In case there was ever any doubt, the last nine months have reminded us that life can be full of unexpected events. The COVID-19 pandemic has presented us with never-before-seen challenges. For some, this has meant struggling to meet financial obligations such as monthly mortgage payments.
Whether in the middle of a global pandemic or during ‘normal’ times, mortgage holders have a contractual obligation to make their mortgage payments in full and on time. If you fail to make these payments in full, on time, or at all, you have defaulted on your mortgage and it can have devastating consequences.
No matter how many other debts you have, always concentrate on repaying your mortgage first – the consequences of failing to do so are significant.
Failure to make your regular mortgage payments can have severe long-term impacts. Whenever you make a payment late or miss a payment entirely, additional fees and interest accumulates. The situation will worsen with the frequency of payments missed and the length of time they’re pushed back. A mortgage lender can either demand immediate payment of these additional fees and interest or add them to the mortgage principal. In the latter case, you could end up paying a lot more over the life of your mortgage.
Your credit rating will take a plunge and your ability to obtain a mortgage or qualify for new loans or lines of credit, now and into the future, will be compromised. An inability to demonstrate creditworthiness and overall financial health exposes you as a high-risk borrower and raises red flags with lenders.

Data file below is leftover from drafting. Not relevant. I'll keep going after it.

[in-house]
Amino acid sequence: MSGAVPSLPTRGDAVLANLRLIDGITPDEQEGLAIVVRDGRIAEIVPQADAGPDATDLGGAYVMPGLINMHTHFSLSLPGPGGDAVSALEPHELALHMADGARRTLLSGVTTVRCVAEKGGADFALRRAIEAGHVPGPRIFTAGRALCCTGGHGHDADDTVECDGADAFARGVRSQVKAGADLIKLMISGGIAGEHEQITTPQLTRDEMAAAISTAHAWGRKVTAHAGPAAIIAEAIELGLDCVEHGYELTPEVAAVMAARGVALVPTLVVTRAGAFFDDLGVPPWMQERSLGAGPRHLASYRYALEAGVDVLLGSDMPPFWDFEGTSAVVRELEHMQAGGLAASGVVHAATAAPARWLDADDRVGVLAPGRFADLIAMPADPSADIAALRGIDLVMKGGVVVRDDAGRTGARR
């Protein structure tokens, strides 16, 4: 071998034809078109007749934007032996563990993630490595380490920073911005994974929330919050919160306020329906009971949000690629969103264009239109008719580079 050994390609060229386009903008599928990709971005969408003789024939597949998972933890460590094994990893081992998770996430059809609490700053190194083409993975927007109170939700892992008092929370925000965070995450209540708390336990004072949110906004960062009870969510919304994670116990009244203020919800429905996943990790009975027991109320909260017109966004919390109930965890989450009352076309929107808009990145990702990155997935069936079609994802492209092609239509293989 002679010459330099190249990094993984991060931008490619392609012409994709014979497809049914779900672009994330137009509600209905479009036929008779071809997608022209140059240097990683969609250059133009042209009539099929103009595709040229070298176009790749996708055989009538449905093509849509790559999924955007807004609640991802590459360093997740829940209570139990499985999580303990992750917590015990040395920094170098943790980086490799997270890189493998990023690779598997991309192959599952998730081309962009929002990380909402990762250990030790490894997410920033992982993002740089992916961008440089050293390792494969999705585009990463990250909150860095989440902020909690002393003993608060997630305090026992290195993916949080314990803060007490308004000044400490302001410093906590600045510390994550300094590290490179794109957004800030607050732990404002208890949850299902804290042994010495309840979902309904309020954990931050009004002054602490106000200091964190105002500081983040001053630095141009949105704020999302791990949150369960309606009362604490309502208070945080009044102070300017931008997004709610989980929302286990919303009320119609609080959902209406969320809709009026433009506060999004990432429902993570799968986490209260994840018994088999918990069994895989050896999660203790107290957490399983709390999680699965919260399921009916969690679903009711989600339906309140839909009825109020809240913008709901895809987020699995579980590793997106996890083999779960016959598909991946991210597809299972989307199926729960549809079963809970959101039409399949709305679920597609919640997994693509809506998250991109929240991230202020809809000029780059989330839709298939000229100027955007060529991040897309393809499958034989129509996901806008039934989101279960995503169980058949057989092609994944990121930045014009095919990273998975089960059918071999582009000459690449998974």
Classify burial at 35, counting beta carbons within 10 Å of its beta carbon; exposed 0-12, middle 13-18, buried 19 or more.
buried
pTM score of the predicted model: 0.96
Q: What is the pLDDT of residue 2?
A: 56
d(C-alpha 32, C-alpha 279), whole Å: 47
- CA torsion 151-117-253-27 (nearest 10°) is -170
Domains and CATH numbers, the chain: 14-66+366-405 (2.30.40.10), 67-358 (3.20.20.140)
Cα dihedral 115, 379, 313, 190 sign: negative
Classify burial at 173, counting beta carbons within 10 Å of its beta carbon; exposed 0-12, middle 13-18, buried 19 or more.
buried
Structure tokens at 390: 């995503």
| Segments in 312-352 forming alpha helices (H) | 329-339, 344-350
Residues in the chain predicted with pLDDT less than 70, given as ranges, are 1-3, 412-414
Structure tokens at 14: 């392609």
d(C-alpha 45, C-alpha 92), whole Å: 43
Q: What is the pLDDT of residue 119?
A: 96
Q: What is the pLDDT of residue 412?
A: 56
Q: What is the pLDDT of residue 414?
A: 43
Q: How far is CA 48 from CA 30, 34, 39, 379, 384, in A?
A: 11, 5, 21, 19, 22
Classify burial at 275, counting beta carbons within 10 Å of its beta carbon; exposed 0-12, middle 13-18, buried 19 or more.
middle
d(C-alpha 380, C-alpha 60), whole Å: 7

Most lenders will offer a one-month grace period but ongoing delinquency, typically 60 days or more, will trigger legal proceedings to enforce the mortgage. By this point, significant fees and penalties may be added, which make it more difficult to take corrective action. The legal proceedings taken by a mortgage lender against a borrower in default include:
What to do in case of default
Whether you’re expecting a default or have already defaulted, reach out to your lender immediately. In rare cases, mortgages have “skip a payment” provisions that you may not know about. Be proactive in managing the situation and keep the lender informed about your situation. Your lender may offer you one of the following possible options, although they may not have a legal obligation to do so:
Without a crystal ball, we can never predict what life-altering circumstances may come our way. This why it’s essential to build a rainy-day fund – saving a little extra in a dedicated account each month so you can avoid defaulting on your mortgage.